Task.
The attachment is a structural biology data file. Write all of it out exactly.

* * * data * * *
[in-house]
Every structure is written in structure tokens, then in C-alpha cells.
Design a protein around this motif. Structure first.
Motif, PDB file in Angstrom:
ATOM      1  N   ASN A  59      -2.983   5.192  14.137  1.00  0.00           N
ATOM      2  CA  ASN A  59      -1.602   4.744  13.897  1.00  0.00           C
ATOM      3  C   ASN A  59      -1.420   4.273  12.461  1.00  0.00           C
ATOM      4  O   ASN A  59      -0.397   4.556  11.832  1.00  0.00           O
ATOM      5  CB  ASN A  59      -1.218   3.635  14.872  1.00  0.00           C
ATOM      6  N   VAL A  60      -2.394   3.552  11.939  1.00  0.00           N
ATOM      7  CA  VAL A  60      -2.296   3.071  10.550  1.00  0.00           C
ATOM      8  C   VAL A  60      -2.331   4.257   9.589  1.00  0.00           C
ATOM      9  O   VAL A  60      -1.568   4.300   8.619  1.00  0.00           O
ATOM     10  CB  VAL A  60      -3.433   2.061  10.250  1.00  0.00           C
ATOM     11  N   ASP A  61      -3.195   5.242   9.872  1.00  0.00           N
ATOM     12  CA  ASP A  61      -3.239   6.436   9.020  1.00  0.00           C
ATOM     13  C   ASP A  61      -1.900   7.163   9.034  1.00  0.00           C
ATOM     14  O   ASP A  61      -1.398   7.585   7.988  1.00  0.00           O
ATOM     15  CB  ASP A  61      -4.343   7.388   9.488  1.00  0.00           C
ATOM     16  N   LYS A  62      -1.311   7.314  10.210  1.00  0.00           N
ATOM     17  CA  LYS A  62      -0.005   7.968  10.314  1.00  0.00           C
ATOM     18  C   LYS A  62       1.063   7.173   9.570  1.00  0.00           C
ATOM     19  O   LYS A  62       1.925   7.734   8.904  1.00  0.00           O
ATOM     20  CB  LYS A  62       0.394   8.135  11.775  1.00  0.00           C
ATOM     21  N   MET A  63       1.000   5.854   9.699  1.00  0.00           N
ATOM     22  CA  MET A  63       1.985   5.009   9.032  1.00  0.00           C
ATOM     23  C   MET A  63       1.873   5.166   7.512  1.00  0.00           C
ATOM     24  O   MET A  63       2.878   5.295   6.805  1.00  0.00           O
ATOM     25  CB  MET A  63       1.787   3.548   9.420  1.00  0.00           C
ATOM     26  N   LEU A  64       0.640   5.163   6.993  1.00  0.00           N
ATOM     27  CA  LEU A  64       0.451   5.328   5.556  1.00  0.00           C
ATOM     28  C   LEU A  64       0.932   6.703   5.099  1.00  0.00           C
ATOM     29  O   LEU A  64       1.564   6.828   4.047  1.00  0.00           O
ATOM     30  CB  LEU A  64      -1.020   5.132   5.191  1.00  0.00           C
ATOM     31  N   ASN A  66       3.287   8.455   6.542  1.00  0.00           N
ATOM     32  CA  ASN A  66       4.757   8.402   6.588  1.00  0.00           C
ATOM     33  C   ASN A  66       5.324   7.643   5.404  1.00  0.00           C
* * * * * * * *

[in-house]
Every structure is written in structure tokens, then in C-alpha cells.
Design a protein around this motif. Structure first.
Motif, PDB file in Angstrom:
ATOM      1  N   ASN A  59      -2.983   5.192  14.137  1.00  0.00           N
ATOM      2  CA  ASN A  59      -1.602   4.744  13.897  1.00  0.00           C
ATOM      3  C   ASN A  59      -1.420   4.273  12.461  1.00  0.00           C
ATOM      4  O   ASN A  59      -0.397   4.556  11.832  1.00  0.00           O
ATOM      5  CB  ASN A  59      -1.218   3.635  14.872  1.00  0.00           C
ATOM      6  N   VAL A  60      -2.394   3.552  11.939  1.00  0.00           N
ATOM      7  CA  VAL A  60      -2.296   3.071  10.550  1.00  0.00           C
ATOM      8  C   VAL A  60      -2.331   4.257   9.589  1.00  0.00           C
ATOM      9  O   VAL A  60      -1.568   4.300   8.619  1.00  0.00           O
ATOM     10  CB  VAL A  60      -3.433   2.061  10.250  1.00  0.00           C
ATOM     11  N   ASP A  61      -3.195   5.242   9.872  1.00  0.00           N
ATOM     12  CA  ASP A  61      -3.239   6.436   9.020  1.00  0.00           C
ATOM     13  C   ASP A  61      -1.900   7.163   9.034  1.00  0.00           C
ATOM     14  O   ASP A  61      -1.398   7.585   7.988  1.00  0.00           O
ATOM     15  CB  ASP A  61      -4.343   7.388   9.488  1.00  0.00           C
ATOM     16  N   LYS A  62      -1.311   7.314  10.210  1.00  0.00           N
ATOM     17  CA  LYS A  62      -0.005   7.968  10.314  1.00  0.00           C
ATOM     18  C   LYS A  62       1.063   7.173   9.570  1.00  0.00           C
ATOM     19  O   LYS A  62       1.925   7.734   8.904  1.00  0.00           O
ATOM     20  CB  LYS A  62       0.394   8.135  11.775  1.00  0.00           C
ATOM     21  N   MET A  63       1.000   5.854   9.699  1.00  0.00           N
ATOM     22  CA  MET A  63       1.985   5.009   9.032  1.00  0.00           C
ATOM     23  C   MET A  63       1.873   5.166   7.512  1.00  0.00           C
ATOM     24  O   MET A  63       2.878   5.295   6.805  1.00  0.00           O
ATOM     25  CB  MET A  63       1.787   3.548   9.420  1.00  0.00           C
ATOM     26  N   LEU A  64       0.640   5.163   6.993  1.00  0.00           N
ATOM     27  CA  LEU A  64       0.451   5.328   5.556  1.00  0.00           C
ATOM     28  C   LEU A  64       0.932   6.703   5.099  1.00  0.00           C
ATOM     29  O   LEU A  64       1.564   6.828   4.047  1.00  0.00           O
ATOM     30  CB  LEU A  64      -1.020   5.132   5.191  1.00  0.00           C
ATOM     31  N   ASN A  66       3.287   8.455   6.542  1.00  0.00           N
ATOM     32  CA  ASN A  66       4.757   8.402   6.588  1.00  0.00           C
ATOM     33  C   ASN A  66       5.324   7.643   5.404  1.00  0.00           C